The practitioner can use the results of this study to distinguish between children with normal and abnormal levels of symptoms associated with CI by using a symptom score of ≥16. This score is more than 1 SD from the mean of the children with NBV and has high sensitivity (95.7) and specificity (87.5). Using this value, only one CI subject was considered asymptomatic, and seven NBV subjects were considered symptomatic. We can only speculate on why seven NBV subjects were symptomatic given our current data. The NBV subjects may have had a binocular dysfunction that we did not assess (e.g., vergence facility) or an undiagnosed learning disorder.

Although it is has been suggested that CI is not common in children, and the associated symptoms, such as blur and diplopia, can be the result of the child’s interpretation of normal physiological phenomenon, 27 no data have been presented to support this position. However, we can indirectly investigate this claim by looking at our data and comparing the occurrence of blur and diplopia as reported by children with CI and NBV. If blur and diplopia were the result of the child’s interpretation of normal physiological phenomenon, one would expect both groups to report these symptoms with equal frequency. However, we found that the children with CI reported blur as fairly often or always in 40.5% of cases, whereas only 4.4% of NBV children reported blur this frequently. For diplopia, we found that the children with CI reported diplopia as fairly often or always in 36.5% of cases, whereas no child with NBV reported diplopia in the fairly often or always categories. Children with NBV may report blur or diplopia as Wright and Boger 27 suggest, but the occurrence tends to fall into the “infrequently” category (19.6% for blur and 7.1% for diplopia). Thus, in our study, children with CI had a significantly greater occurrence of blur and diplopia as well as all other symptoms on the CISS than children with NBV (Fig. 2).

The CISS appears appropriate to use in children presenting with symptoms associated with convergence insufficiency. Even though this study did not address the use of CISS for other nonstrabismic disorders of accommodation and vergence, the symptoms described in the literature tend to be similar across these vision conditions. 28 For example, headaches and eyestrain are reported in both CI and accommodative dysfunction. This hypothesis is also supported by recent research conducted by Borsting et al., 14 who found that the CISS was able to discriminate between children with accommodative insufficiency and NBV. As a result, future studies should look at the use of the CISS in other disorders of accommodation and vergence.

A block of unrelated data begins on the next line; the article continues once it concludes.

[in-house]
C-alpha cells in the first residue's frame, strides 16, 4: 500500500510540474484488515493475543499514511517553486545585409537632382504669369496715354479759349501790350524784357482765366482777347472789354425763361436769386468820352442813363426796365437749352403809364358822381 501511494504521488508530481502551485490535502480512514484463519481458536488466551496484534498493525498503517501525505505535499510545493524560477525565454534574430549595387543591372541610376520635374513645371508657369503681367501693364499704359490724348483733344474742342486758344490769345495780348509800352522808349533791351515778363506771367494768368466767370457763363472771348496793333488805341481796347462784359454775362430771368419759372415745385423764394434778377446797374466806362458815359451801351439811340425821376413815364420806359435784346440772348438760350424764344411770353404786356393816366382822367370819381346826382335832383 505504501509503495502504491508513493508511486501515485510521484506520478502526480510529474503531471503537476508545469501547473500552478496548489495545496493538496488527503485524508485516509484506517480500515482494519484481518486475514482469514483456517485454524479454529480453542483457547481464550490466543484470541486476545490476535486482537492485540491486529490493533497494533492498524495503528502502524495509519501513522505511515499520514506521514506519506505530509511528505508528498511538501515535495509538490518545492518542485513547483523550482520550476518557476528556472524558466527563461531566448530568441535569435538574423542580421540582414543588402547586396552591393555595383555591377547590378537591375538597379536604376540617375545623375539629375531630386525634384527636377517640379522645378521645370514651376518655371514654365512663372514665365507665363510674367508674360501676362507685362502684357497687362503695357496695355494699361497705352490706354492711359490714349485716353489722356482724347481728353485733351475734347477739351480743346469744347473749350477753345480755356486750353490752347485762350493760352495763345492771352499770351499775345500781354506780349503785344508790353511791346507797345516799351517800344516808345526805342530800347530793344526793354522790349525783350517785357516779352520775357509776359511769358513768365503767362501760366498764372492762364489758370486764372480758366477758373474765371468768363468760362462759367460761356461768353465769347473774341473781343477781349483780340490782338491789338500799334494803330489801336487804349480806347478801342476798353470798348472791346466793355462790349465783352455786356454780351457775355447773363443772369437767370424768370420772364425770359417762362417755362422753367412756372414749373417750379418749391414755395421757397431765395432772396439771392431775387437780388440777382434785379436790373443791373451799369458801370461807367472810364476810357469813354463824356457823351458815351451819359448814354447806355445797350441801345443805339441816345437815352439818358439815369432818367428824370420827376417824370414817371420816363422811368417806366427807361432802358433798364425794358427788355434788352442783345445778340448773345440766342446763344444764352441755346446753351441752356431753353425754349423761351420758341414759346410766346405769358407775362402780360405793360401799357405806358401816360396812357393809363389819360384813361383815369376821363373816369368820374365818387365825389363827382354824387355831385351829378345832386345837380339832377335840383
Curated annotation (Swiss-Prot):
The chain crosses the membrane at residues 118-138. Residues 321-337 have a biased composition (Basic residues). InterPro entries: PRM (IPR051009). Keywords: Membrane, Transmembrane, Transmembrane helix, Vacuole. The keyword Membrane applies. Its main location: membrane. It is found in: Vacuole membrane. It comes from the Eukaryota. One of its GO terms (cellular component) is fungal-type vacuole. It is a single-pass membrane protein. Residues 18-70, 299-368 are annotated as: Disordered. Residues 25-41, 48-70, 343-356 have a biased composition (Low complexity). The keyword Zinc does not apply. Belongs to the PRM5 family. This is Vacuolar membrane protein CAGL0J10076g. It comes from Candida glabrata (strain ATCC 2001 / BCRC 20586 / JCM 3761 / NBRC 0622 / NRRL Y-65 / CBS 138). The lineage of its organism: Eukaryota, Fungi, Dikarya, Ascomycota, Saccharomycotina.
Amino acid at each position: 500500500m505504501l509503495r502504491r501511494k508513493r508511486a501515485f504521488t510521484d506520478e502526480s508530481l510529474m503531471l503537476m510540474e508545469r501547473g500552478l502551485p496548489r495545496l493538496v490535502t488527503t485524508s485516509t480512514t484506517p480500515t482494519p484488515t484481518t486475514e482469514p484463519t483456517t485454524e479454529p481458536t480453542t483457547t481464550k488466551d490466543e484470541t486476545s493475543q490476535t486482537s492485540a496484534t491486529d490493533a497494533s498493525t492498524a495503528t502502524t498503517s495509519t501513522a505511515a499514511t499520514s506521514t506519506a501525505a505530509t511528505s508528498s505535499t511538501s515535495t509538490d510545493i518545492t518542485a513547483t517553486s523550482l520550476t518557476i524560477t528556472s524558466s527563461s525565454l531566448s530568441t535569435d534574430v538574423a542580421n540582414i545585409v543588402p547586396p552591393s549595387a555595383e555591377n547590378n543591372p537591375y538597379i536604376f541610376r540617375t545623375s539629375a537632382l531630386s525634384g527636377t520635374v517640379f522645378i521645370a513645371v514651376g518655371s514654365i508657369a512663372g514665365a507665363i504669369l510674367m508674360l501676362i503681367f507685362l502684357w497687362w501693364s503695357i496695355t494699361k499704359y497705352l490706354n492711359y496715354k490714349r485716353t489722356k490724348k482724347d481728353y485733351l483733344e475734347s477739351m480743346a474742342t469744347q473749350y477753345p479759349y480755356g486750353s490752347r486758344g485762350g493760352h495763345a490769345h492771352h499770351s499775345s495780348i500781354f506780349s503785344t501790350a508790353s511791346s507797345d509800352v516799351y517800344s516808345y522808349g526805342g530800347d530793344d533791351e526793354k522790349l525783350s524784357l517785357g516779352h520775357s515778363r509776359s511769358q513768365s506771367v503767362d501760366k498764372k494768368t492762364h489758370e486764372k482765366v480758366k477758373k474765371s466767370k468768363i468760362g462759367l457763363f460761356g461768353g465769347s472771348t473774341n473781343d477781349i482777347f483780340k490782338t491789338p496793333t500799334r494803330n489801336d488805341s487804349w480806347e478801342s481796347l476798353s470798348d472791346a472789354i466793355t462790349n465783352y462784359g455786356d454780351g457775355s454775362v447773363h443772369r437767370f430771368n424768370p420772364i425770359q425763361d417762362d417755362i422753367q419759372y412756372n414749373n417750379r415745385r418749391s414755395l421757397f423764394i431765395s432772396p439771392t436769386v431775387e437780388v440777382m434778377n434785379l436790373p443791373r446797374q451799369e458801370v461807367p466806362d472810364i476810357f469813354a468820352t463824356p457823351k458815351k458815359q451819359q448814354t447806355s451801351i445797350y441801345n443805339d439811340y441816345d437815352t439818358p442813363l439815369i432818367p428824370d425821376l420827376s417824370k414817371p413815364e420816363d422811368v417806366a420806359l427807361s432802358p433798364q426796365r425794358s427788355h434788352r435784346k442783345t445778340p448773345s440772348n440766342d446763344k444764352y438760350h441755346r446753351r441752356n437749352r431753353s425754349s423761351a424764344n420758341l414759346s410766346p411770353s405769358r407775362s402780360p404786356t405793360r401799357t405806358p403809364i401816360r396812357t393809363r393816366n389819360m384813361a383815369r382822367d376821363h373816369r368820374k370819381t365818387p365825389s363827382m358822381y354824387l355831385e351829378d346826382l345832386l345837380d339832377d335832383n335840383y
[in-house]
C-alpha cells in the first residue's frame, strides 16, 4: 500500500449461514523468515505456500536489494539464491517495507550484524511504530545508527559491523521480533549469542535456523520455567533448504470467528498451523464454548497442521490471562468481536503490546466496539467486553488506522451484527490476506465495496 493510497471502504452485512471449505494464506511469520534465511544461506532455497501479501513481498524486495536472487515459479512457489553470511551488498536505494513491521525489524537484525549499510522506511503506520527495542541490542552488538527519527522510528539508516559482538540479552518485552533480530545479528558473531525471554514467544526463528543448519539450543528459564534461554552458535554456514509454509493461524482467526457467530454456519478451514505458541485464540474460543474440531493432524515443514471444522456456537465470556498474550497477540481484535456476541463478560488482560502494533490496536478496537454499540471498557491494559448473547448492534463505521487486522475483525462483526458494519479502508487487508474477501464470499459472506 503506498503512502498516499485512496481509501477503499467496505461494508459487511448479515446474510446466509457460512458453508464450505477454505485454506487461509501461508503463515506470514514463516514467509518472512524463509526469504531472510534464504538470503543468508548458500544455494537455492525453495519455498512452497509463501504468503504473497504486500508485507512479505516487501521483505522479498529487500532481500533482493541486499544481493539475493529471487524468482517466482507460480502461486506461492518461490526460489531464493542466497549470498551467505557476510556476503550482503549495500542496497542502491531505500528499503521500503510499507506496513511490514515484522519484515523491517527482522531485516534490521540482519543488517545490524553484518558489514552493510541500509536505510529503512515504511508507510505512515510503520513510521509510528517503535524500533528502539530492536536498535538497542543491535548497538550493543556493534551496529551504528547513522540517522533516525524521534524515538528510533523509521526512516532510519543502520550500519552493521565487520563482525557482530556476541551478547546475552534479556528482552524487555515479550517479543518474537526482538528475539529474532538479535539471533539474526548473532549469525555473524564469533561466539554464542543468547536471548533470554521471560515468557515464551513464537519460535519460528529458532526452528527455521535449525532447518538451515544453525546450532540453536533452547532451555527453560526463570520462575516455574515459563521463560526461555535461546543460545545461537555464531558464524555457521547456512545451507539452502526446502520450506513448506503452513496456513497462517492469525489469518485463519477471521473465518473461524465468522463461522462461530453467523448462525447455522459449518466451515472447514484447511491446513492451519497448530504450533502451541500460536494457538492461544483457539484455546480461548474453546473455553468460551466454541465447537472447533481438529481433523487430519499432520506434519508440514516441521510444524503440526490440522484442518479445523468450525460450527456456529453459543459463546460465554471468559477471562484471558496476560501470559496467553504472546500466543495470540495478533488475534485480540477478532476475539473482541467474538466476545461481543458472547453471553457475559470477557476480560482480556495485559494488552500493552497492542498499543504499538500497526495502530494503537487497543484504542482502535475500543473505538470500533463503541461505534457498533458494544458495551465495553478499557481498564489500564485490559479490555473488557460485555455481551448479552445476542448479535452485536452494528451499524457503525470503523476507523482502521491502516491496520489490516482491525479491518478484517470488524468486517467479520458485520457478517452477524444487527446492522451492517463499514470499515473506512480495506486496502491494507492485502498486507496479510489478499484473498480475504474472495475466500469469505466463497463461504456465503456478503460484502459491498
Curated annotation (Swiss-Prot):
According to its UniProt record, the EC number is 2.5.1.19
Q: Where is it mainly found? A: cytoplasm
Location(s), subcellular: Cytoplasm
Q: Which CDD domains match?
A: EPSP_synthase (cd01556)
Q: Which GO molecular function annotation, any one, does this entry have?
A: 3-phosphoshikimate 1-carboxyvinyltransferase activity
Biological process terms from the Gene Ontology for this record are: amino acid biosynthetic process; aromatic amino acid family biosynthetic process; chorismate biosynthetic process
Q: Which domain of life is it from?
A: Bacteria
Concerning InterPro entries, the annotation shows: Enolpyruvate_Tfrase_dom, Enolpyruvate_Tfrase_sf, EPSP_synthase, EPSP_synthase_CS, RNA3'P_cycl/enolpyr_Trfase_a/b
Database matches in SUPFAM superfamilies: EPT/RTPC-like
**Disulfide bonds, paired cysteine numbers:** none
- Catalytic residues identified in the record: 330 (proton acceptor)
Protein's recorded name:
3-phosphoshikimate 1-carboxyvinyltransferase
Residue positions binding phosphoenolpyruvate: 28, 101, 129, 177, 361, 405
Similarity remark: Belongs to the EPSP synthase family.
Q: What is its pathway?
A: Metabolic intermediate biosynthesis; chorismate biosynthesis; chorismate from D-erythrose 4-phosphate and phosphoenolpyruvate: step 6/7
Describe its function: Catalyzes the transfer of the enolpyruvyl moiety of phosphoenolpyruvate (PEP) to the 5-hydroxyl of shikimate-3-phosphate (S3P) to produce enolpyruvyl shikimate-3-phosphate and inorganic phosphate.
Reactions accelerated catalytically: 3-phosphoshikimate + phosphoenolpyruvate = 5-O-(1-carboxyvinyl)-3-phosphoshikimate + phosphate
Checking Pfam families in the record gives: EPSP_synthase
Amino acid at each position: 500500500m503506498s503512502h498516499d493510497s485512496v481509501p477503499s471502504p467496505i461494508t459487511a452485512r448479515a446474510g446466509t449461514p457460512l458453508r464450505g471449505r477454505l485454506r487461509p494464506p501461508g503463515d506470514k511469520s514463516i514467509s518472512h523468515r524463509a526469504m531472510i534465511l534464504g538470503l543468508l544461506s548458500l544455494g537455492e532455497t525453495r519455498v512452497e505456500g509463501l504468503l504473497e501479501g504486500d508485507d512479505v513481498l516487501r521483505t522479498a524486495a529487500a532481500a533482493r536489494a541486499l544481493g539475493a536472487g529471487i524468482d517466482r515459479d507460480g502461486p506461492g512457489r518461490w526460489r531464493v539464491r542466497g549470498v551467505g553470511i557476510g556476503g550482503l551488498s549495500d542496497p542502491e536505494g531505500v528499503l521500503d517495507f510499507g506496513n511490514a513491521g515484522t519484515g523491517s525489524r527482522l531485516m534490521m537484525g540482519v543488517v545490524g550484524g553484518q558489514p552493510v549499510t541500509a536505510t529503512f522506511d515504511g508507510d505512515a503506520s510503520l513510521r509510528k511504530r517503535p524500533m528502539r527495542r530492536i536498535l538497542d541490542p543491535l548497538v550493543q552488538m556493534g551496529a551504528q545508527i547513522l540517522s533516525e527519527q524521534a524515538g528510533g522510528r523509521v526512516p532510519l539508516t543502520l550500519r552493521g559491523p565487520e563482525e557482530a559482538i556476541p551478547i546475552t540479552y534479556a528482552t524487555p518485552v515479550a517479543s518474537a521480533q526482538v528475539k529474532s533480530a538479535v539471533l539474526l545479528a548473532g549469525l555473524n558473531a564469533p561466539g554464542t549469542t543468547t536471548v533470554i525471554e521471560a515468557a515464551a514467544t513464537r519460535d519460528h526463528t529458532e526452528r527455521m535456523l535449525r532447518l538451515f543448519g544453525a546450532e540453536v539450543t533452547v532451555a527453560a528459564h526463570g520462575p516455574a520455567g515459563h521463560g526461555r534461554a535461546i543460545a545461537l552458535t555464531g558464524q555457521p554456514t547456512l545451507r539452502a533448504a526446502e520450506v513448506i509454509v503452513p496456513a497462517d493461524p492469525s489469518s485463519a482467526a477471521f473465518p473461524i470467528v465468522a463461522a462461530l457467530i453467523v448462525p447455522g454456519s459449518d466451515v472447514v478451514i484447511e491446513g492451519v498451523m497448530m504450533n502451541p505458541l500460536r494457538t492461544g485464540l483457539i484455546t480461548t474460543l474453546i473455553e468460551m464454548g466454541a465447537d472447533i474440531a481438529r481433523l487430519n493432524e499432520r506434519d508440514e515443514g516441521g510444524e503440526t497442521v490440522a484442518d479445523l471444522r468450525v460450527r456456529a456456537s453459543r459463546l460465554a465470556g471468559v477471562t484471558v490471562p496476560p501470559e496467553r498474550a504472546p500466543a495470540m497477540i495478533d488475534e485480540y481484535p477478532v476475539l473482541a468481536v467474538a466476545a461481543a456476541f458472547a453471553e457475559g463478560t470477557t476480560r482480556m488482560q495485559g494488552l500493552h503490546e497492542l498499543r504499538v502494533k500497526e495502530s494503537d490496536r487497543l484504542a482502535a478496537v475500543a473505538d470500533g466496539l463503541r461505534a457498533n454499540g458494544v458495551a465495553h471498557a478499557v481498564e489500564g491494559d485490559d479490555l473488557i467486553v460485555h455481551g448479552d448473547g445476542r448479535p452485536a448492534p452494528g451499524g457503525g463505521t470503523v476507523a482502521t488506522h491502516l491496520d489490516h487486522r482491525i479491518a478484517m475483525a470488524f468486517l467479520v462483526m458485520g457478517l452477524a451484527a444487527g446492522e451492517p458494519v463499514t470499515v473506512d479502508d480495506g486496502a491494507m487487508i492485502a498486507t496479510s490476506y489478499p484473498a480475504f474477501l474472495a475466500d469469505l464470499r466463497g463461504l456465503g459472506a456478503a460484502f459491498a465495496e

In conclusion, children with all three signs of CI showed a significantly higher CISS symptom score than children with NBV. This study adds further evidence to support previous research 7,13,14 indicating that CI has a significant number of associated symptoms. In addition, the results of this study demonstrate that the CISS is a valid and reliable instrument for evaluating symptoms in 9- to 18-year-old children. Future studies should evaluate the CISS in adults and also evaluate the use of the CISS in other binocular vision disorders.

Back to Top | Article Outline

ACKNOWLEDGMENTS

This Convergence Insufficiency and Treatment Trial Study Group pilot study was supported by National Eye Institute, National Institutes of Health planning grant EY13164. Presented at the American Academy of Optometry Meeting, December 2001, Philadelphia, PA.

Back to Top | Article Outline

REFERENCES

1. Sheedy JE, Saladin JJ. Phoria, vergence, and fixation disparity in oculomotor problems. Am J Optom Physiol Opt 1977; 54: 474–8.
2. Sheedy JE, Saladin JJ. Association of symptoms with measures of oculomotor deficiencies. Am J Optom Physiol Opt 1978; 55: 670–6.